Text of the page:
Fact Check

Did 'No Whites Allowed' Signs Exist in the Segregated South?

The existence of "colored only" businesses under Jim Crow laws in the southern United States comes as a shock to those unfamiliar with the history.

Published May 15, 2017

During the Jim Crow era of racial segregation in the American South, some businesses posted "colored only, no whites allowed" signs over their doors.

For years now, there has existed a thriving trade in so-called "Black Americana," a catchall term for historical memorabilia related to America's racist past.

The items valued by collectors range from real artifacts of slavery to relics of the "Jim Crow" era of segregation in the South to examples of offensive racial stereotyping in popular culture (many of which date from not very long ago).

Some of these items, by their very nature, trigger controversy. Others become tainted with controversy when divorced from their original contexts or inserted into new ones, inviting misinterpretation or misunderstanding. An example of the latter is a subset of commercial signage from the Jim Crow period enforcing the segregation of blacks and whites. Few people nowadays are surprised to learn that "Whites Only" signs were posted on entrances to public buildings and facilities, but the fact that "Blacks Only" or "Coloreds Only" signs existed seems to flummox a lot of people.

One example posted to the snopes.com Facebook group for verification on 10 May 2017 prompted an intense debate, partly because it was introduced in a new, ahistorical context:

Colored Only - No Whites Allowed

Having searched in vain for evidence to back it up, we're skeptical of the claim that signs like this are currently "appearing on college campuses" in the United States, though we have seen such images used to illustrate Internet posts (such as here and here) decrying alleged instances of "reverse discrimination".

It is real, but hardly an example of racism against white people. The sign depicted above dates from 1921, and it originally adorned the Lenox Theatre in the once-thriving "Golden Blocks" business district of Augusta, Georgia, which was home to dozens of black-owned businesses, including restaurants, banks, theaters, a meat market, and a real estate agency.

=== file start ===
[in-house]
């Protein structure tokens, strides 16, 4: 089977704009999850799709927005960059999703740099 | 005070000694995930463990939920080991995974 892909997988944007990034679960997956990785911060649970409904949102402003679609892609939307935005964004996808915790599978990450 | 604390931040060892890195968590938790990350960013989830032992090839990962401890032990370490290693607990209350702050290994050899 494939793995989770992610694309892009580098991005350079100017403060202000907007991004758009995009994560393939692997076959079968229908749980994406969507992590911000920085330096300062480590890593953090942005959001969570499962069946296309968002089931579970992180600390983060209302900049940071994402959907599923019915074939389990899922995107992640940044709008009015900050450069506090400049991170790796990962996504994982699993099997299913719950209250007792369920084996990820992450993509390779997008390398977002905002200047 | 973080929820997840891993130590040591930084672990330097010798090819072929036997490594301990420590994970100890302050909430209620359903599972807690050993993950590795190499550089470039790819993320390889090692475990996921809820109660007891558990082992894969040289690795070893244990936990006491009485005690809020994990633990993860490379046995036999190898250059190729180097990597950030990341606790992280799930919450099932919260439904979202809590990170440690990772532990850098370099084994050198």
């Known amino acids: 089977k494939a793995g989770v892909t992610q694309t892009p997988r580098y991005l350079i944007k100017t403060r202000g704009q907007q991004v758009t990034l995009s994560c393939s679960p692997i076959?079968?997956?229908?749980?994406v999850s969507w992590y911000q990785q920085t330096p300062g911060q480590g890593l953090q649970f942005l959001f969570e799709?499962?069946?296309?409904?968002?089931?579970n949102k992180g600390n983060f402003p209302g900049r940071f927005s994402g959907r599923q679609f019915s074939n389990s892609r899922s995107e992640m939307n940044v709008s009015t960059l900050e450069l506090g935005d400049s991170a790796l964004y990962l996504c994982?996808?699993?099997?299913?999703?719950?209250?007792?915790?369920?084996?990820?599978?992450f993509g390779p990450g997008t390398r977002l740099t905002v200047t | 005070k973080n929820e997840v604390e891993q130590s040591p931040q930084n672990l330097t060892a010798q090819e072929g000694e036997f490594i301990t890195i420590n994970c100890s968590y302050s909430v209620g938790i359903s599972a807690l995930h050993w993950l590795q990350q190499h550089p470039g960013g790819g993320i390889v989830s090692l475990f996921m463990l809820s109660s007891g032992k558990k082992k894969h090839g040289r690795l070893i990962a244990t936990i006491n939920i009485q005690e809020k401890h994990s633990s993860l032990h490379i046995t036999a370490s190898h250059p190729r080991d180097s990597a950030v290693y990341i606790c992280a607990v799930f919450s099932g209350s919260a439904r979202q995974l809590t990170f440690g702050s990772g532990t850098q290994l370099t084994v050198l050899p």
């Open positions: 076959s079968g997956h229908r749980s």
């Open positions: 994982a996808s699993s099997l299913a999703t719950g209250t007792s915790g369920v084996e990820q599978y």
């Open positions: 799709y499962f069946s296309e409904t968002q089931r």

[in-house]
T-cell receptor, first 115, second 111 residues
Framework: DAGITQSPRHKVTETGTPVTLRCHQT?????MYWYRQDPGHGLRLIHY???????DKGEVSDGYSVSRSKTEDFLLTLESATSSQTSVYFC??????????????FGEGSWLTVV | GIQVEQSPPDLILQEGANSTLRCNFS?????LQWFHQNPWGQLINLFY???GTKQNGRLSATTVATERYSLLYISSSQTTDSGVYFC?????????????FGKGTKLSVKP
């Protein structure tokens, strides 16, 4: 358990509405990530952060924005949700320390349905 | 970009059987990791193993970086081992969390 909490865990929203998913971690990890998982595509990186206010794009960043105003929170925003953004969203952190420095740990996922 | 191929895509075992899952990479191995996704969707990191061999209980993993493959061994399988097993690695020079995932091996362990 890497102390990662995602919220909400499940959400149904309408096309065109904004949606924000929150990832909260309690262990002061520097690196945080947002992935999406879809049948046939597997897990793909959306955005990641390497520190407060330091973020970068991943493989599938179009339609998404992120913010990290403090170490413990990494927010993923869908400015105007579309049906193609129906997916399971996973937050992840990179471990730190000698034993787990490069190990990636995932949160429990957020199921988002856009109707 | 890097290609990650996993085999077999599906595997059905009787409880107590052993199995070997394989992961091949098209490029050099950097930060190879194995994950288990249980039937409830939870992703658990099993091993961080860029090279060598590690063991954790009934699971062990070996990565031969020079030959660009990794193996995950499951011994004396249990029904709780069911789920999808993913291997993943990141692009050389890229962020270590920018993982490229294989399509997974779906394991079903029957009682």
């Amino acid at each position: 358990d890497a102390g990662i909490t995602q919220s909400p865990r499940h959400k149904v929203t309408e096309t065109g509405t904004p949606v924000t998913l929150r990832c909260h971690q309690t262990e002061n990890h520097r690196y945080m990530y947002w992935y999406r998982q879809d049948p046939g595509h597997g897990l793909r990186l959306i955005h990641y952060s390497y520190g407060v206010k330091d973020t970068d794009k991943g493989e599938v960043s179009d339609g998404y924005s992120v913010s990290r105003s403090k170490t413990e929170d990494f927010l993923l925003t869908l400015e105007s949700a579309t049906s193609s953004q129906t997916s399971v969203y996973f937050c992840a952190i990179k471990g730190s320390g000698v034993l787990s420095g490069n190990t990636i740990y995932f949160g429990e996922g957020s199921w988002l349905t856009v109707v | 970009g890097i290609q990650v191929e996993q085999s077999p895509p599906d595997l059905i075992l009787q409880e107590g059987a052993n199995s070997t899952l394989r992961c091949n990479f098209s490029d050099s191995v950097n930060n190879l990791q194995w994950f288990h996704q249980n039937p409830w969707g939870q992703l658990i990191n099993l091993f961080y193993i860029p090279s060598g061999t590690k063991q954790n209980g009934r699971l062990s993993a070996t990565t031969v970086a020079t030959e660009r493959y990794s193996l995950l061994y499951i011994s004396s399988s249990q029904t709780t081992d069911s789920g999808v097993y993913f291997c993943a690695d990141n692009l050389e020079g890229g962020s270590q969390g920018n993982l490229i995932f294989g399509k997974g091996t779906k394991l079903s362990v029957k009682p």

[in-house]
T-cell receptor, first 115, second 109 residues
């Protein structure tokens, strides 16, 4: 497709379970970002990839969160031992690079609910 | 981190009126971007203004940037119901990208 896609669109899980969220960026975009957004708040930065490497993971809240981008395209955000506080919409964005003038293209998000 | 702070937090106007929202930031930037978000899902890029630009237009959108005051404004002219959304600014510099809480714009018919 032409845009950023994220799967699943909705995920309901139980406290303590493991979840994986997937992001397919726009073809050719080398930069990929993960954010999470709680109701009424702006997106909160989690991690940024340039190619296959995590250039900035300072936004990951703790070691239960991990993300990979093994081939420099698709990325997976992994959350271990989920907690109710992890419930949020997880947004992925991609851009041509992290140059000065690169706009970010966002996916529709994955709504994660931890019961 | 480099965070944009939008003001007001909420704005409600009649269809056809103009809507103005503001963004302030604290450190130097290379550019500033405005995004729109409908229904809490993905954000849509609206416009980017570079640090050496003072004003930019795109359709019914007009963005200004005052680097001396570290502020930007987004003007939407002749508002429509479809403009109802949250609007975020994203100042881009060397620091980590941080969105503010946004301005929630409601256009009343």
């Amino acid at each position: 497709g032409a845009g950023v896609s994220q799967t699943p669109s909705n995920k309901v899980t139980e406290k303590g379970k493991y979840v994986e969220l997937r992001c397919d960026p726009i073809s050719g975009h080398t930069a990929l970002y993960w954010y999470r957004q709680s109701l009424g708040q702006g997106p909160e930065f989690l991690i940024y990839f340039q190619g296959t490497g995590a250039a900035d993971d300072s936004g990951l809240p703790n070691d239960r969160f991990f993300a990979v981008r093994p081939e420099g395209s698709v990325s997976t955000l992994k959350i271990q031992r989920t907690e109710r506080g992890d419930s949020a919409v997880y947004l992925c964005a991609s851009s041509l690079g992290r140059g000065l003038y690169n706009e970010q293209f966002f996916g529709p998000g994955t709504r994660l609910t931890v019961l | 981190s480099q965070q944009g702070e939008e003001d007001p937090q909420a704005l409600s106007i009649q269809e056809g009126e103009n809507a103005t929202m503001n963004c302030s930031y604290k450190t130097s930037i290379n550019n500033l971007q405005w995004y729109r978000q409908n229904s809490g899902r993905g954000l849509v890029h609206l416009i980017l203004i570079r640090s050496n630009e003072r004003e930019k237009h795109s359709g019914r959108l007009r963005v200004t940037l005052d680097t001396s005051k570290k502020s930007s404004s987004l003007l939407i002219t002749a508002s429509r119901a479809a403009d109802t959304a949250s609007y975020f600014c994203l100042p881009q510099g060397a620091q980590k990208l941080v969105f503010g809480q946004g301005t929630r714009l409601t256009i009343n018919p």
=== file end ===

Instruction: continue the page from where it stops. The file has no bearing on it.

The Lenox was, in fact, a "colored only" movie theater -- a place where African American patrons weren't relegated to sitting in the back rows, as was typically the case in theaters across the segregated South (if African Americans were allowed to enter such places at all), according to a retrospective in the Augusta Chronicle:

The Lenox Theatre was begun by black businessmen because blacks were frustrated with their treatment in the white theaters along Broad Street.

J. Philip Waring, founder of the Augusta Black History Committee and a retired Urban League executive, in a 1995 interview recalled the efforts of his father, John P. Waring Sr., one of the Lenox founders.

"Why the Lenox?" said Waring, who is now deceased. "Because this was the height of Jim Crowism -- the rule of the day, manifested by black people having to go through the back alley and going through the very back, up the fire escape at the Imperial Theatre. They called it the 'buzzard's roost.' There were all sorts of jokes about it.

More typically, "colored only" signs designated building entrances or public facilities (such as restrooms, swimming pools and drinking fountains) that African Americans were allowed to use (when they existed at all), in lieu of those marked "white only." Despite its "separate but equal" credo, Jim Crow perpetuated inequality by granting preferential treatment to whites, author Jerrold M. Parks wrote in American Nightmare: The History of Jim Crow:

Though the "separate but equal" formula in Plessy [an 1896 Supreme Court decision upholding the legality of racial discrimination in the states] underlay the sweep of Jim Crow through the South, the "equal" half of the couplet never approached parity with the "separate" half. The reality of "equality" meant that the Negro part of everything would be indisputably and often grotesquely inferior to its white counterpart: black schools almost never achieved -- and rarely even approached -- equality with those for whites; black transportation facilities were famously and invariably shabbier than their white counterparts; when drinking fountains later became electrically cooled, a score of iconic photos showed the ice-water machines with For White Only signs hanging over them while under the For Colored Only placards stood ordinary and unquestionably nonelectrified appliances.

That a vintage "no whites allowed" sign from that era should engender a raging debate about "reverse racism" in 2017 betrays an ignorance of American history. It wasn't an instance of discrimination when black-owned businesses such as the Lenox Theatre enacted "colored only" policies in the segregated South; on the contrary, it was one of the few means at hand to redress it.


Edelhart, Courtenay.   "Artifacts of Racism."     The Indianapolis Star.   29 March 2005.

Lombardi, Tony.   "The Lenox Theatre Gave Blacks a Place All Their Own."     The Augusta Chronicle.   12 February 2006.

Packard, Jerrold M.   American Nightmare: The History of Jim Crow.     London: Macmillan, 2003.   ISBN 9780312302412   (p. 87).

The Augusta Chronicle.   "Blacks-Only Business District Thrived."     29 August 2010.

The Augusta Chronicle.   "Museum Exhibit Explains Augusta's History."     7 November 1998.

David Emery is a West Coast-based writer and editor with 25 years of experience fact-checking rumors, hoaxes, and contemporary legends.

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